Published on: 06/16/2022 – 02:38
According to Brazil’s Federal Police speaking to reporters on Wednesday, a suspect confessed and led investigators to the spot where British journalist Dom Phillips and Brazilian expert Bruno Pereira, who have been missing in the Amazon since early June, went missing. The bodies must be formally identified before being returned to the families.
It’s the end of a long wait for families. Brazilian police announced on Wednesday June 15 that one of the suspects arrested in the disappearance of British journalist Dom Phillips and expert Bruno Pereira in the Amazon has confessed.
“Yesterday evening we obtained the confessions of the first of the two arrested suspects (…), who described in detail the course of events and told us where the bodies were buried,” said the Chancellor in a press conference of the Amazonas State Police, Eduardo Alexandre Fontes, who pointed out that the suspect admitted taking part in the “crime” but without specifying his role.
The suspect assures that the two men were killed “by firearms”, specified the police officer, who does not rule out new arrests.
“Excavations have been carried out at the site, excavations are continuing, but human remains have already been found,” he added. “Once we have been able to verify, thanks to the expertise, that these are indeed the remains of the bodies of Dom Phillips and Bruno Pereira, they will be returned to the families.”
A few hours before the announcement, television cameras had filmed one of the two arrested suspects leaving a police station to be taken by boat to the police search site.
“Say Them Goodbye With Love”
The first suspect, Amarildo da Costa de Oliveira, a 41-year-old fisherman nicknamed “Pelado,” was arrested on June 7. Witnesses said they saw him passing at high speed on board a boat going in the same direction as Dom Phillips and Bruno Pereira’s boat before they disappeared. The second suspect, Oseney da Costa de Oliveira, known as “Dos Santos,” was arrested on Tuesday “suspected of involvement in the case,” according to federal police.
In a press release, the journalist’s Brazilian wife, Alessandra Sampaio, thanked “all the teams that carried out the research, especially the indigenous volunteers,” whose absence during the press conference was criticized by many observers.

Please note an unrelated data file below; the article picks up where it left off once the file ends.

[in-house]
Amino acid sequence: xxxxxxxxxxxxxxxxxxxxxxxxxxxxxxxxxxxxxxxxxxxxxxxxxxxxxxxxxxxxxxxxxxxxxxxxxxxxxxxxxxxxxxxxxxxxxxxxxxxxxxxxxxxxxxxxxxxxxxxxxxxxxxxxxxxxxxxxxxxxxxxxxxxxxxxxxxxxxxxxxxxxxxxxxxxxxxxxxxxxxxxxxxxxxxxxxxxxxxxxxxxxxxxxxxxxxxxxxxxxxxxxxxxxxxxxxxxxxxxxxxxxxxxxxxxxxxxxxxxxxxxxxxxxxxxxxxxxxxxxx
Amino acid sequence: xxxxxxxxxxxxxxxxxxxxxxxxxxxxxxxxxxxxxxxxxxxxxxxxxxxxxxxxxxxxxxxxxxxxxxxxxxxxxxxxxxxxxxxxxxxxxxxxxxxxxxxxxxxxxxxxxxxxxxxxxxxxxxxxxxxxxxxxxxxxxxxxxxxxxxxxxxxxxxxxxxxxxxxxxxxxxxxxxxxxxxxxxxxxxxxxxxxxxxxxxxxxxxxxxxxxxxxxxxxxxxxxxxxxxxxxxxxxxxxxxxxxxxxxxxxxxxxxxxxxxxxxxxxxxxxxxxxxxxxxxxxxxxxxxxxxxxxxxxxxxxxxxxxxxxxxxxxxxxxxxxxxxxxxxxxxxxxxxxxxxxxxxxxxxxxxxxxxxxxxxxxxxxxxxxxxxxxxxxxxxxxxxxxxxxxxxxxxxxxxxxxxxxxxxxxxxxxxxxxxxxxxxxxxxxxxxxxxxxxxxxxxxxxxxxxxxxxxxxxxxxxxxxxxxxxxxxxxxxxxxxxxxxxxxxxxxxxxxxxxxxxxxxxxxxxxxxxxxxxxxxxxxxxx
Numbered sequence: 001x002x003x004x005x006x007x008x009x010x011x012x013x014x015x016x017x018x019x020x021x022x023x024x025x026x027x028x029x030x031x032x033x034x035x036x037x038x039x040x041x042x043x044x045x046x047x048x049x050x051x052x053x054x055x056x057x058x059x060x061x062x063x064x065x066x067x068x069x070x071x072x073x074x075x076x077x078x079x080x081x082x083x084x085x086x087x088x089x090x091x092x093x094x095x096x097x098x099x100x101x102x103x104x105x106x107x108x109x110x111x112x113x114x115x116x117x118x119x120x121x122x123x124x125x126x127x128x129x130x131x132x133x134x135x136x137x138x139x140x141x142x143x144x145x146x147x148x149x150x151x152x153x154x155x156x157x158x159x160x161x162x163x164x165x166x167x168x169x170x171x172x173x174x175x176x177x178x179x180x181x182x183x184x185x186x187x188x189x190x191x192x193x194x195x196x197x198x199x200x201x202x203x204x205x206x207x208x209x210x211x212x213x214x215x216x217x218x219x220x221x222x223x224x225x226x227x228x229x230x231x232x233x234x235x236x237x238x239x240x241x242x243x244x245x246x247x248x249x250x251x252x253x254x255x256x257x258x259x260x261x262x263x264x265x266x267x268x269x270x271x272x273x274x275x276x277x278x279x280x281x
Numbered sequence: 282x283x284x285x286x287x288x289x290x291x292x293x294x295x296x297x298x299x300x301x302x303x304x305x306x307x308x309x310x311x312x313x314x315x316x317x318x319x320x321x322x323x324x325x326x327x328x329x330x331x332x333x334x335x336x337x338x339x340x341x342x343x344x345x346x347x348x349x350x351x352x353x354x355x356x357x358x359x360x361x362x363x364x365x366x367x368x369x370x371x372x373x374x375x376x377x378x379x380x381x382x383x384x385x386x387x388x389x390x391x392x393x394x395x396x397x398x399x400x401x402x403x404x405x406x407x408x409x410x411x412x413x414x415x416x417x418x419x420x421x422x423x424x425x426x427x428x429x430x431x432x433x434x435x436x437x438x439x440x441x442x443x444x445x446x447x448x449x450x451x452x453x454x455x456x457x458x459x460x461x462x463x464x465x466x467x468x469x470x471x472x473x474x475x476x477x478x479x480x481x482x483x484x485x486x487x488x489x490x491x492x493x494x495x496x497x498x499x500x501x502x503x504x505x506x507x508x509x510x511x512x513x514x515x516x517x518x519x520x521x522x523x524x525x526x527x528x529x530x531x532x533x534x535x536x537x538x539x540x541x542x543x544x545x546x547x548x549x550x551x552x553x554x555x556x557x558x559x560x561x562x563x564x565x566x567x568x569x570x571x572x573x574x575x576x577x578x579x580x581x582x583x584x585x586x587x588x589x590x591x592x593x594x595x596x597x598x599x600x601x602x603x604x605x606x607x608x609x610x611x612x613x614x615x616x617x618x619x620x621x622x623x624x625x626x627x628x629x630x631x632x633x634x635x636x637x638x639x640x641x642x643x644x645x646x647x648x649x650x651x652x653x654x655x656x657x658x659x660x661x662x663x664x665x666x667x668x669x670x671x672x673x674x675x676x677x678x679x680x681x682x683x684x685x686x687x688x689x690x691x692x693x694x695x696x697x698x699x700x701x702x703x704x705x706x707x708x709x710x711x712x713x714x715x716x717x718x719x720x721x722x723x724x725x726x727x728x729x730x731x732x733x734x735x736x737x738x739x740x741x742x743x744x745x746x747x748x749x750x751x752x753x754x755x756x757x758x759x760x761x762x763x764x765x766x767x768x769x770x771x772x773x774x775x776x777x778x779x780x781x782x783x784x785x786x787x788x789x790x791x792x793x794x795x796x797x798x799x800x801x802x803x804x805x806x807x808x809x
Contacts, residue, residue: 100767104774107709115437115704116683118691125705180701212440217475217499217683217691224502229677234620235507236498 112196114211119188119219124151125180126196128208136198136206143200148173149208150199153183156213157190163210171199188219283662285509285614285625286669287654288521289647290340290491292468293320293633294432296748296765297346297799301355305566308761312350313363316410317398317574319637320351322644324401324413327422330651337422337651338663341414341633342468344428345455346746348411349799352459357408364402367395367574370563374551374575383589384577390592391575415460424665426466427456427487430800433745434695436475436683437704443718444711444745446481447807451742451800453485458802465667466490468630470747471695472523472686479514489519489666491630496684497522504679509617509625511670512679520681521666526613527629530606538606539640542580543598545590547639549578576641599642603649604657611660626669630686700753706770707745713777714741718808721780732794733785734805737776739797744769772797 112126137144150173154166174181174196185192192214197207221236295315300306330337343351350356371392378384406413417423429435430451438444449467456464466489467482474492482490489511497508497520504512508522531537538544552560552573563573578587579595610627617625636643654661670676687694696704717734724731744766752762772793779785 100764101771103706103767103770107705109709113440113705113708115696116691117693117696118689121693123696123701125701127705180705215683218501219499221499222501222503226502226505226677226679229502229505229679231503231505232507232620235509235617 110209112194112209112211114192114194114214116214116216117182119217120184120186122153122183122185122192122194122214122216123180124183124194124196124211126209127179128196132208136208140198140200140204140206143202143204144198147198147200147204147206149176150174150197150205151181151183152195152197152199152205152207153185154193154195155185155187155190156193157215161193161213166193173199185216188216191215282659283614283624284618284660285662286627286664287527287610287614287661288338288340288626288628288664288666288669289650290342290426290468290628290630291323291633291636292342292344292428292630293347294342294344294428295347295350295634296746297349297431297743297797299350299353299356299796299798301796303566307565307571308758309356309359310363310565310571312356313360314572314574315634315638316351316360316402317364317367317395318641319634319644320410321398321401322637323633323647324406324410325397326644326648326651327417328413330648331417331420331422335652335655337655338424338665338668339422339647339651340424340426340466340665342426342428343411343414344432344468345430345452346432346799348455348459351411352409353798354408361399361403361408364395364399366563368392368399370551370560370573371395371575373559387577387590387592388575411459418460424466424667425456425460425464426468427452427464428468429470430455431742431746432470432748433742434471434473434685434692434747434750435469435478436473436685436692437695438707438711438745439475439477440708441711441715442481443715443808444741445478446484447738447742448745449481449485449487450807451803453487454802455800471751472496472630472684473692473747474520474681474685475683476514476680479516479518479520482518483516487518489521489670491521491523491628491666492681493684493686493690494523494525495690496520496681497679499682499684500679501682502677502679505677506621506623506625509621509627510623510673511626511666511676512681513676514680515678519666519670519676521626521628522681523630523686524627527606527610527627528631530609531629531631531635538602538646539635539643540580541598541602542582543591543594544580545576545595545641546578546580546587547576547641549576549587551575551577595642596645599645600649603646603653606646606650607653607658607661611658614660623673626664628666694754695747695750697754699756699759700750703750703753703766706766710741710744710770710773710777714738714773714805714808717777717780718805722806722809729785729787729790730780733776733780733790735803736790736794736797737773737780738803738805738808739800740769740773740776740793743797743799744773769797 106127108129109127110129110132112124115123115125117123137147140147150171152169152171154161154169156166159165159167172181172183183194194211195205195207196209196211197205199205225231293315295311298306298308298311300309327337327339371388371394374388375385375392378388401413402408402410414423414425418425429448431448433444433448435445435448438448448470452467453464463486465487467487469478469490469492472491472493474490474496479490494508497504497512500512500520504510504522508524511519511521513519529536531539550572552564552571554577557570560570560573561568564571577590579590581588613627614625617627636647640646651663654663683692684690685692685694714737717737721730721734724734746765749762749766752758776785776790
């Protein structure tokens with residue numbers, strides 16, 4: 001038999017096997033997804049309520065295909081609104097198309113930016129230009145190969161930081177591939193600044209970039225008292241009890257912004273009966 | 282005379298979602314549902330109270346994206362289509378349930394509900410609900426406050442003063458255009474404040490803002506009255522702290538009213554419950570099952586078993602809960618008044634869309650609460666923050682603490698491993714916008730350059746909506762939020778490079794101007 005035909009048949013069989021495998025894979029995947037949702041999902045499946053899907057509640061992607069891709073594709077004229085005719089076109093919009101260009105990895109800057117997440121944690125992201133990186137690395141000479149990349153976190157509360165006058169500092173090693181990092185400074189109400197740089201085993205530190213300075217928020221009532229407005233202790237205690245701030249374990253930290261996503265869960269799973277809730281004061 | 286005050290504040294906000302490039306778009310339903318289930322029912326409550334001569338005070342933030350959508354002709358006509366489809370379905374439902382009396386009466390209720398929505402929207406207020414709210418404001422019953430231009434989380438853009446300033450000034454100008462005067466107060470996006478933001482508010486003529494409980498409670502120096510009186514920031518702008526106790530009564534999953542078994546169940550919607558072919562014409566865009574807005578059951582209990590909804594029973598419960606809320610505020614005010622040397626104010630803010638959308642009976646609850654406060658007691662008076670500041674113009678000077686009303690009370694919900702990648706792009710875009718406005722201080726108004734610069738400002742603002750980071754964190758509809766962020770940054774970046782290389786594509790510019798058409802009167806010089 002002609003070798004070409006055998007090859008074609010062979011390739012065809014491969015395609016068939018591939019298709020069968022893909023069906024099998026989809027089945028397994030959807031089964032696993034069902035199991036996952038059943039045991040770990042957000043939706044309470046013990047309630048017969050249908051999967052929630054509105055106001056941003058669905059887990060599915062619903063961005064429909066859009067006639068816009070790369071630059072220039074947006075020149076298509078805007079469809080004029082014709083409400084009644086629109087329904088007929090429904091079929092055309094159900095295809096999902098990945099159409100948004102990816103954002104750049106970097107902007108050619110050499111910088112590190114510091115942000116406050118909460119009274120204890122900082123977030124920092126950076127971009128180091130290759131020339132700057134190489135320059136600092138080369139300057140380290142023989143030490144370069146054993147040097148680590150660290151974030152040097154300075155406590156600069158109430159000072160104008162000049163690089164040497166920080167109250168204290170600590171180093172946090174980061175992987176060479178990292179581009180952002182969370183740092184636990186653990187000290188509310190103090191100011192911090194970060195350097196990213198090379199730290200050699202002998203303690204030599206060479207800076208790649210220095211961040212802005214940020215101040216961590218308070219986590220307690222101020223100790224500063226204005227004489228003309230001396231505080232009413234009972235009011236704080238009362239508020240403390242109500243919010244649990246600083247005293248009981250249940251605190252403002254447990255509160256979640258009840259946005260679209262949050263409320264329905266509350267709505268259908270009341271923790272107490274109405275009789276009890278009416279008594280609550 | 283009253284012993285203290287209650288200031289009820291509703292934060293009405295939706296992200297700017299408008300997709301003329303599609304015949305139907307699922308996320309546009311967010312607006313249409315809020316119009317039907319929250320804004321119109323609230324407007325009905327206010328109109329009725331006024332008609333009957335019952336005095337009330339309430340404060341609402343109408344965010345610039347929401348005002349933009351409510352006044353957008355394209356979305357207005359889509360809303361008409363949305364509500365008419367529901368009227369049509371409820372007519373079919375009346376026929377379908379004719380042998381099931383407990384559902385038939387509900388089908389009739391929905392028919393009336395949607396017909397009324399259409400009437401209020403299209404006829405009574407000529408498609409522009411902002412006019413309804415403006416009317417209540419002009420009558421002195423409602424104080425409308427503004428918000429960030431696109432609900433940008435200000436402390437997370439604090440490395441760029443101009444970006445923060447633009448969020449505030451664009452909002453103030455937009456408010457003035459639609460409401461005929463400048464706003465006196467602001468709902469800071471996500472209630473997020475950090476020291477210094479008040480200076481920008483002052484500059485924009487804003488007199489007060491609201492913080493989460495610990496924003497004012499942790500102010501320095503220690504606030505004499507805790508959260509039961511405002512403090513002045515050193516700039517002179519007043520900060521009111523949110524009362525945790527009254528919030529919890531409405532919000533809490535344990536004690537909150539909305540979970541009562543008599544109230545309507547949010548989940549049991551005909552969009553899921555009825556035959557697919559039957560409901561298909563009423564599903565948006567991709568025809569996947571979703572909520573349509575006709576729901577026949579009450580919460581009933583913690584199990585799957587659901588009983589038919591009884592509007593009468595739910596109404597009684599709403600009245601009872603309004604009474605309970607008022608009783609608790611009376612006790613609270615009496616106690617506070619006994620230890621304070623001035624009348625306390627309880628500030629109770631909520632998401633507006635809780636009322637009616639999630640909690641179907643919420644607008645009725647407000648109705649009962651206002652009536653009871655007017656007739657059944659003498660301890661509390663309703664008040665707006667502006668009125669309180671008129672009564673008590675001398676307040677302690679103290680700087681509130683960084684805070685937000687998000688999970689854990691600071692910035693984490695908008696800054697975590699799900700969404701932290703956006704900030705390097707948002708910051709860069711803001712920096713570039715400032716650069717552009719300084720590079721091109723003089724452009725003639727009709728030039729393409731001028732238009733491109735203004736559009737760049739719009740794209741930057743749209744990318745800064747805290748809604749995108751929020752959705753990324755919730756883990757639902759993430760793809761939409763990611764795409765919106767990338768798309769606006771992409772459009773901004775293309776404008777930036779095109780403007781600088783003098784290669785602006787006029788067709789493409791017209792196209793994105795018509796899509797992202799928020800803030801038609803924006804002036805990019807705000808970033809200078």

“While we are still awaiting final confirmations, this tragic result puts an end to the agony of not knowing where Dom and Bruno have been. Now we can take them home and say goodbye to them with love,” she said. “Today we too begin our fight for justice (…) We will only have peace if the necessary measures are taken to ensure that such tragedies do not happen again”.
Authorities announced on Sunday that they had found the personal effects of the two missing persons.
The British journalist and the Brazilian expert were last seen on June 5 during an expedition to the Javari Valley. There are many illegal drug, fishing and gold panning businesses in this region, which is considered to be very dangerous, near the borders with Peru and Colombia.
It has in recent years become a strategic axis for the gangs of drug traffickers who transport cocaine or cannabis produced in Brazil’s neighboring countries, notably Colombia and Peru, along the river.
The author of dozens of reports on the Amazon, Dom Phillips, 57, had revisited the region as part of his research for a book on conservation.
Bruno Pereira, 41, a recognized expert and defender of indigenous peoples’ rights, worked for many years at Brazil’s government agency for indigenous affairs (Funai). In particular, he managed the FUNAI branch in Atalaia do Norte (Northwest), a place where the two men were to return by boat after their disappearance, and a program to protect isolated indigenous groups in the Javari Valley.
Father-of-three Bruno Pereira has repeatedly said he was the target of threats from loggers, miners and illegal fishermen trying to invade protected lands.
Dom Phillips settled in Brazil 15 years ago, was married to a Brazilian and had taken steps to adopt a child.
Her disappearance has sparked outrage around the world, with reactions from high-profile politicians and celebrities including members of Irish rock band U2.
Far-right President Jair Bolsonaro, who favors mining and management of indigenous reserves in the Amazon, has been heavily criticized for describing the two men’s expedition as an “unsavory adventure”.
On Wednesday, he claimed Dom Phillips was “frowned upon” in the Amazon for writing “many reports against gold miners and about the environment.” “In this very remote region, a lot of people didn’t like him. He should have taken extra precautions (…) There are pirates on the river over there, it’s unwise to survey the place without weapons,” he added in an interview with journalist Leda Nagle’s YouTube channel.